Choosing an investment trust involves careful consideration of your financial goals, risk tolerance, and investment time horizon. Here are a few factors you need to consider before you take the plunge:

Define Your Goals
Clearly identify your investment objectives, whether it’s capital appreciation, income generation, or a combination of both.

Risk Tolerance
Consider your tolerance to risk to determine the level of volatility and potential losses you are comfortable with. Investment funds can vary in risk depending on factors such as asset allocation and leverage.

Conduct thorough research on potential investment funds. Examine their historical performance, fund manager’s track record, and the underlying assets in their portfolio.

The Association of Investment Companies The Association of Investment Companies (AIC) represents 350 investment companies. On the AIC website, you’ll find lots of tools and resources to help you start your investment trust journey. You can compare investment companies, filter results and much more. Make sure you sign up to their monthly newsletter too. Websites like TrustnetCitywire and Morningstar are also useful resources.

Look for trusts with diversified portfolios across different sectors and regions. Diversification helps spread risk and reduces the impact of poor performance in any single investment.

Costs and Fees
Consider the costs associated with the investment fund, including management fees and other expenses. Lower fees can enhance your overall returns.

Premium or Discount
Check whether the investment fund is trading at a premium or discount to its net asset value (NAV). A discount might present a buying opportunity, while a premium could indicate market optimism.

Manager Expertise
Evaluate the expertise and reputation of the fund manager. A skilled and experienced manager can significantly impact the trust’s performance.

Dividend Policy
If income is important, assess the trust’s dividend history and policy. Some investment funds focus on income generation through regular dividend payments.

Understand if the trust uses leverage and evaluate your comfort level with the additional risk associated with borrowed funds.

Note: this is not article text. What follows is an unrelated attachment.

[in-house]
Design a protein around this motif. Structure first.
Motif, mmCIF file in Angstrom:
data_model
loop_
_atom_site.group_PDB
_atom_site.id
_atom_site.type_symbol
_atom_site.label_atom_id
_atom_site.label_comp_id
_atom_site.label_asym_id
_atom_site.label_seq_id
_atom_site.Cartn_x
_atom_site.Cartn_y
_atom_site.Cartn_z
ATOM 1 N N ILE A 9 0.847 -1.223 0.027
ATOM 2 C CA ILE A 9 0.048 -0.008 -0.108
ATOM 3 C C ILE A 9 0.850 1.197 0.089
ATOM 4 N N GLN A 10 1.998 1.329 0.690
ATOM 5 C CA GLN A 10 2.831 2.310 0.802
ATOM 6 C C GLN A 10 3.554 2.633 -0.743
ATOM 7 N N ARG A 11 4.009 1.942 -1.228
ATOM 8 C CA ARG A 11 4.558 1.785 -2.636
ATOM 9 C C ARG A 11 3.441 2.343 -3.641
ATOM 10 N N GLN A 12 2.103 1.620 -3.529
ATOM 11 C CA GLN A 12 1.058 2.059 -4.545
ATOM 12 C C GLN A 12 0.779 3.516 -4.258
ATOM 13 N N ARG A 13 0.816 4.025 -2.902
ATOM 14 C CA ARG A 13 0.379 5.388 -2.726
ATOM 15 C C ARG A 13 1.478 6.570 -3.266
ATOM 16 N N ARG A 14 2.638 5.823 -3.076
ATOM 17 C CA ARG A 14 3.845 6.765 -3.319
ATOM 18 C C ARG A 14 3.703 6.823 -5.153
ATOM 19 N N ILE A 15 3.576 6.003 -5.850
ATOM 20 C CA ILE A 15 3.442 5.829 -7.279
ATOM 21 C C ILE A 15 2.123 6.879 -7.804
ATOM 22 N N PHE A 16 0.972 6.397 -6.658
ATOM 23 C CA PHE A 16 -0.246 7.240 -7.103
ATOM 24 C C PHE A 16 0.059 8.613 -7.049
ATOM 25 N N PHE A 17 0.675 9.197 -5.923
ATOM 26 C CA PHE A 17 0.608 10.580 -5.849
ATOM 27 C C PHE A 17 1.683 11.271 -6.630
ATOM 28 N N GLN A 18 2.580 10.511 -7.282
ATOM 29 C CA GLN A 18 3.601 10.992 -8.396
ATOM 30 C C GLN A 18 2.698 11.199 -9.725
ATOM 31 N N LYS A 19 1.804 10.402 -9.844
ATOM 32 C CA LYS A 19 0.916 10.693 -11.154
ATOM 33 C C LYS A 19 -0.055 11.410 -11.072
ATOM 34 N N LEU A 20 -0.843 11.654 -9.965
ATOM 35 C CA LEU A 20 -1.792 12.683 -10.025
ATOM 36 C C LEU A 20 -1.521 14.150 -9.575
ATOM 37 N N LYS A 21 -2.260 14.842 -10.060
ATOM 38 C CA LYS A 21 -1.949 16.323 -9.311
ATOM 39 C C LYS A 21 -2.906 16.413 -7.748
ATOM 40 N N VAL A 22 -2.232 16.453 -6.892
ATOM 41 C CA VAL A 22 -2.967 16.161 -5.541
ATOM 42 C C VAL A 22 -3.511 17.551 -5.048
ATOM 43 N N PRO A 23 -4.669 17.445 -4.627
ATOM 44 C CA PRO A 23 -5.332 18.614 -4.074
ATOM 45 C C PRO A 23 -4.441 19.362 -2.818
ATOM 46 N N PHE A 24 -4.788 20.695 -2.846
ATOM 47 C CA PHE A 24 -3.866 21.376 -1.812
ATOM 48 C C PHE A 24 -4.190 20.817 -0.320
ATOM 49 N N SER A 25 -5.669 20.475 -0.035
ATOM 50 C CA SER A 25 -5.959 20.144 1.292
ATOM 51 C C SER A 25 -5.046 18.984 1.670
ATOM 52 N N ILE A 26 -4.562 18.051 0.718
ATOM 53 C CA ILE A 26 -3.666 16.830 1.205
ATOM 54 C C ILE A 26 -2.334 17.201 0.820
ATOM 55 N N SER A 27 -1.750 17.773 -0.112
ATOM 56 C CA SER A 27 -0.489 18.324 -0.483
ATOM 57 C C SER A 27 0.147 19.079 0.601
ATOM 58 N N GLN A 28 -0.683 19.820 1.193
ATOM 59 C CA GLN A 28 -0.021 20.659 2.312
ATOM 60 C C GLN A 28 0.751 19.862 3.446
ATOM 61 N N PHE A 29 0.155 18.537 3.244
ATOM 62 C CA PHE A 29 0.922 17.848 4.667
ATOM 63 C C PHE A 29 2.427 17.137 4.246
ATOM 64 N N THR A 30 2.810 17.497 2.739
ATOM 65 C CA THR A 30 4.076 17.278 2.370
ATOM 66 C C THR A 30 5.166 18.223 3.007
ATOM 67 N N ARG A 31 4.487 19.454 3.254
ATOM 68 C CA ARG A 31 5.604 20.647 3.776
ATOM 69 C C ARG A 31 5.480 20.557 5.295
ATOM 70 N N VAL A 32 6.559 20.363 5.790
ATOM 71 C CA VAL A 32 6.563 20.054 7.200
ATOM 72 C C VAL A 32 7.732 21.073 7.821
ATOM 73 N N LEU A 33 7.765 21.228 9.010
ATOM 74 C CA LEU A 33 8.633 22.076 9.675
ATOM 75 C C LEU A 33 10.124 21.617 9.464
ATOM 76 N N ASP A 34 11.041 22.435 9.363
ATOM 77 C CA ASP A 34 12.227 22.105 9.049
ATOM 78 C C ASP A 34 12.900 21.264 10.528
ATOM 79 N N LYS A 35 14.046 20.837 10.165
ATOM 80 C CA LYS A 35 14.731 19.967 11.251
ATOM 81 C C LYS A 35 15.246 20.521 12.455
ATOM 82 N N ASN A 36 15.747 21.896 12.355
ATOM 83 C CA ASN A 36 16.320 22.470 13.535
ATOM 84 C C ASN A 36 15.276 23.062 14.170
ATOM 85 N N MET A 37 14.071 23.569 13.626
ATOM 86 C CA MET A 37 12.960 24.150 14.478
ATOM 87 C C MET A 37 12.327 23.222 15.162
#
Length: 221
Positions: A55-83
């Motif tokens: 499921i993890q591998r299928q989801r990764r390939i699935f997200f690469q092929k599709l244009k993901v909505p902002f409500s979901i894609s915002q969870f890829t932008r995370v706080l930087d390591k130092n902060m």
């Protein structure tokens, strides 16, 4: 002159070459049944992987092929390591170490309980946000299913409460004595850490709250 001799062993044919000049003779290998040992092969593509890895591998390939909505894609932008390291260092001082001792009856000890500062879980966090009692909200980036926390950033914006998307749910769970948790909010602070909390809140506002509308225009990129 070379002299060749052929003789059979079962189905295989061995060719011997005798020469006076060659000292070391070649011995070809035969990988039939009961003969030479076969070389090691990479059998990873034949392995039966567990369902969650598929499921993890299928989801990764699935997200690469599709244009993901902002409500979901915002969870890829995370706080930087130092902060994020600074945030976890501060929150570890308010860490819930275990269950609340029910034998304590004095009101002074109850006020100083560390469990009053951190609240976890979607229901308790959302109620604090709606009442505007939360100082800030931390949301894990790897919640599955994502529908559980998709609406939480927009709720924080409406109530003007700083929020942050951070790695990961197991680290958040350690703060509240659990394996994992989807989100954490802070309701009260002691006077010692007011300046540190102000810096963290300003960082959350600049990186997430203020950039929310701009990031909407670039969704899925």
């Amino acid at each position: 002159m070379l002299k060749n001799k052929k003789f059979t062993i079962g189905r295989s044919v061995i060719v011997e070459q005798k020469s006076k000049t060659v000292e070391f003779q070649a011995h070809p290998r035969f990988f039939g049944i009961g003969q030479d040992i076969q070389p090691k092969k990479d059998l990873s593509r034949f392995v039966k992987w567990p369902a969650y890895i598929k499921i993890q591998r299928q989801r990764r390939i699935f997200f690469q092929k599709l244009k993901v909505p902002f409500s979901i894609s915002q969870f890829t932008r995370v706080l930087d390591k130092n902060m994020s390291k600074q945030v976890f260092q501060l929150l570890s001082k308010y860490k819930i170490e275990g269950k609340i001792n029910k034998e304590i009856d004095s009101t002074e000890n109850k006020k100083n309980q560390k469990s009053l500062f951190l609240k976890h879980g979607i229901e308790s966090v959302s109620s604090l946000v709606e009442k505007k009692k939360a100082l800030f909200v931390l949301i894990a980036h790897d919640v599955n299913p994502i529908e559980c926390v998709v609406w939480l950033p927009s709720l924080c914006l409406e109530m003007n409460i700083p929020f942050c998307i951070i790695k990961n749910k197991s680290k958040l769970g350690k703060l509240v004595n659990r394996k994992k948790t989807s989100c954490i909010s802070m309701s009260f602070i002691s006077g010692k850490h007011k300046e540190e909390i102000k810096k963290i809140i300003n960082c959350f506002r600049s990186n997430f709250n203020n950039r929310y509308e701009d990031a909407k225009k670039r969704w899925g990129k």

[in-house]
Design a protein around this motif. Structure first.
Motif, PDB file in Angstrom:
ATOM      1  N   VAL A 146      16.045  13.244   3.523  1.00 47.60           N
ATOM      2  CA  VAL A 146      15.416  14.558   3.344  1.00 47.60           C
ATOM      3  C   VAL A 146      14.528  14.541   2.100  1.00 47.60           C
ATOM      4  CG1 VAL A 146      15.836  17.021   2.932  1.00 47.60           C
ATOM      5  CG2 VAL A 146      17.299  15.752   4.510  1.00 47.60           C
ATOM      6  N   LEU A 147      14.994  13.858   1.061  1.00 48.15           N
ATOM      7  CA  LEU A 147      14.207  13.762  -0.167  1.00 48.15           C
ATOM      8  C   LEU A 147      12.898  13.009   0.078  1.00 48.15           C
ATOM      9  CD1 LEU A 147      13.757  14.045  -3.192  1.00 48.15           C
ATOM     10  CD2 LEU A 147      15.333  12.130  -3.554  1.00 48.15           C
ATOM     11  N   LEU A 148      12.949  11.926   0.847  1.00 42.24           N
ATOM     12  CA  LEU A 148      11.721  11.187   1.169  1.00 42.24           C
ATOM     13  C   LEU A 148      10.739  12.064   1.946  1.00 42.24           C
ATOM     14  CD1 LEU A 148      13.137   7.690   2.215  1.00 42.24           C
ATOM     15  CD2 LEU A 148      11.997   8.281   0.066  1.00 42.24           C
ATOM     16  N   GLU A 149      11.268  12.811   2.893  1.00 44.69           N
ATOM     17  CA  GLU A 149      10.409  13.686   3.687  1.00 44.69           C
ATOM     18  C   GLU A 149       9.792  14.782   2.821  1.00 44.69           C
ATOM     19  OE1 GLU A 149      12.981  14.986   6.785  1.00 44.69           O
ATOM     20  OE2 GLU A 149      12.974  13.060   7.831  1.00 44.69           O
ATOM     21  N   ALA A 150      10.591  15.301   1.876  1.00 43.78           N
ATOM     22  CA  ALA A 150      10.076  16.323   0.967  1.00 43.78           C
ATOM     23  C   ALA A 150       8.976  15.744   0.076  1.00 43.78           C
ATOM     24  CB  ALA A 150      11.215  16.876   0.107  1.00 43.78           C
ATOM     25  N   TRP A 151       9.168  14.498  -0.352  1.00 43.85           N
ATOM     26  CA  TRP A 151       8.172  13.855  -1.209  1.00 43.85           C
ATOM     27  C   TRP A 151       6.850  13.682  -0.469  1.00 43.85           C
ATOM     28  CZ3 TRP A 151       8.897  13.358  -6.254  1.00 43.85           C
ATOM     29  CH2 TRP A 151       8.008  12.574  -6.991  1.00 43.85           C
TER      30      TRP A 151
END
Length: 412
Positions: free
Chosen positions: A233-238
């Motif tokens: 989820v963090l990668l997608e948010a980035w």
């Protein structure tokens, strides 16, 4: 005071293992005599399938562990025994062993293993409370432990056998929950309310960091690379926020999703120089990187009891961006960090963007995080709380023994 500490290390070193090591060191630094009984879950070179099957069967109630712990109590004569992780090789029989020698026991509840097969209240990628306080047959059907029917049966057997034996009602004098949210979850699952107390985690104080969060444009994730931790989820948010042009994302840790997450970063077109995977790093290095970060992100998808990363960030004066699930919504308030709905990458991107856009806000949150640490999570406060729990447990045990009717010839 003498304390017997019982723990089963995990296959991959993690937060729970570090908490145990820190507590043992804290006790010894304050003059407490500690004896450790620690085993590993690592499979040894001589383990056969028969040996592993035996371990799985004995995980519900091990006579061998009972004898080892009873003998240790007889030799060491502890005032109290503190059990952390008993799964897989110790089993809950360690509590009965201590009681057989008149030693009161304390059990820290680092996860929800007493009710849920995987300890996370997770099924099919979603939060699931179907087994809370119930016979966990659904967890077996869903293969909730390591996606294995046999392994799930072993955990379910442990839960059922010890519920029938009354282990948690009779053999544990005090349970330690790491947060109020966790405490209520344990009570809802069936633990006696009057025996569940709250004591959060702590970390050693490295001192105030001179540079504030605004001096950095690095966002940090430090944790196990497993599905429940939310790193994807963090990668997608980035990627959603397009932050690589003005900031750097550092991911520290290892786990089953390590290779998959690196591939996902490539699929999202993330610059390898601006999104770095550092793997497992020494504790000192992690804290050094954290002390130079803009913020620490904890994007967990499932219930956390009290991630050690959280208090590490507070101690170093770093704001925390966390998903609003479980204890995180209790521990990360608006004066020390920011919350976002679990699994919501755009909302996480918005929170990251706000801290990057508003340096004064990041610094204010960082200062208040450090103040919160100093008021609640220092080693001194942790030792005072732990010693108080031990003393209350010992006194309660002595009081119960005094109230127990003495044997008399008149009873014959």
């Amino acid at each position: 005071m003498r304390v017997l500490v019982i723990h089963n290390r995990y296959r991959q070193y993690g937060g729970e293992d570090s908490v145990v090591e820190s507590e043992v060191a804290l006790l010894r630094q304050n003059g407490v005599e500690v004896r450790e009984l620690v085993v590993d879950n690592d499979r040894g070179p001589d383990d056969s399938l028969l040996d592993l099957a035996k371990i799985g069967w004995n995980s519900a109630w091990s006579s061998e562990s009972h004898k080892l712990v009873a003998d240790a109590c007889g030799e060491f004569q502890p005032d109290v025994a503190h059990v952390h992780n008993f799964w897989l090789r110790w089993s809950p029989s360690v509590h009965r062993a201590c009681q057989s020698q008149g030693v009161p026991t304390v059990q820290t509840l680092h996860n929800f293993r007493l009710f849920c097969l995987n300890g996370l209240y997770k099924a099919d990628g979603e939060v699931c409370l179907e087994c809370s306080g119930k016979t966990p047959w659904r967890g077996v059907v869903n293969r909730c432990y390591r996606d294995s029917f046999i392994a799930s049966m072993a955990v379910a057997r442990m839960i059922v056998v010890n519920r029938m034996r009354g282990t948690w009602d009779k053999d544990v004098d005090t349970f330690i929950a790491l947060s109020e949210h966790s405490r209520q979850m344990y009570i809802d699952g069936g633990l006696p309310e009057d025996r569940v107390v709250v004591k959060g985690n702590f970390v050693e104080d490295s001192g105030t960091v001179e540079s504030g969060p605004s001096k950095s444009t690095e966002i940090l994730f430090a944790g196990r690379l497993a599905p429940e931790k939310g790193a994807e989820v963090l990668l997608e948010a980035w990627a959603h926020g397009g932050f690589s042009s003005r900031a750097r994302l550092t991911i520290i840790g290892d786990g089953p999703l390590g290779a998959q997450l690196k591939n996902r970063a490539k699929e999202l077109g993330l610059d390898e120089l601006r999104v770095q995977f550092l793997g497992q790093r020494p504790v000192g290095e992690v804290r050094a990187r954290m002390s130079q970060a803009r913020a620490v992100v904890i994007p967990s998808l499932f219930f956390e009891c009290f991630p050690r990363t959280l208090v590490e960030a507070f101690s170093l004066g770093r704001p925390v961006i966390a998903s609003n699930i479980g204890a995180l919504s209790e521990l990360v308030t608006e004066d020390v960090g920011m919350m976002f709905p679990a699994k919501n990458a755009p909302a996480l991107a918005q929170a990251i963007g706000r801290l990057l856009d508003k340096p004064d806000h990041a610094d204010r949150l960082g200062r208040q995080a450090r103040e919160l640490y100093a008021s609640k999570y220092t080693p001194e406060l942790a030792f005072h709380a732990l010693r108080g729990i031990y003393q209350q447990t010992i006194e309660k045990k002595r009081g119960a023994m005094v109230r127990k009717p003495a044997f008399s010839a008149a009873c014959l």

Reviews and Ratings
Consider professional reviews, ratings, and recommendations from reputable sources to gain insights into the trust’s reputation and performance.

How do I buy investment trusts?

So you think investment trusts are right for you and your portfolio? Here’s what you need to do next.

1. Do your research: You’ll need to visit the websites we mentioned above to identify the investment company(s) that align with your financial goals and risk tolerance. Consider factors like diversification, performance, dividends and the costs associated with owning the fund.

2. Open an account with an Investment Platform: Choose a reputable investment platform to facilitate your transactions, one that is authorised by a world class regulator, such as the FCA. If you are a UK resident, you can purchase investment trusts within your Stocks & Shares ISA allowance. Check out our stocks and shares ISA platform comparison to find the right broker for you.

3. Fund Your Account: Deposit the required funds into your brokerage account. Bear in mind the minimum amount will vary from platform to platform.

4. Place an Order: Use the investment platform to place buy orders for the desired investment fund(s).

5. Specify Quantity: Indicate the number of shares you want to purchase.

You will be able to monitor your investment and make adjustments where you need to. However, it is important to bear in mind your investment strategy and goals. Investing in investment funds suits investors with a longer term objective.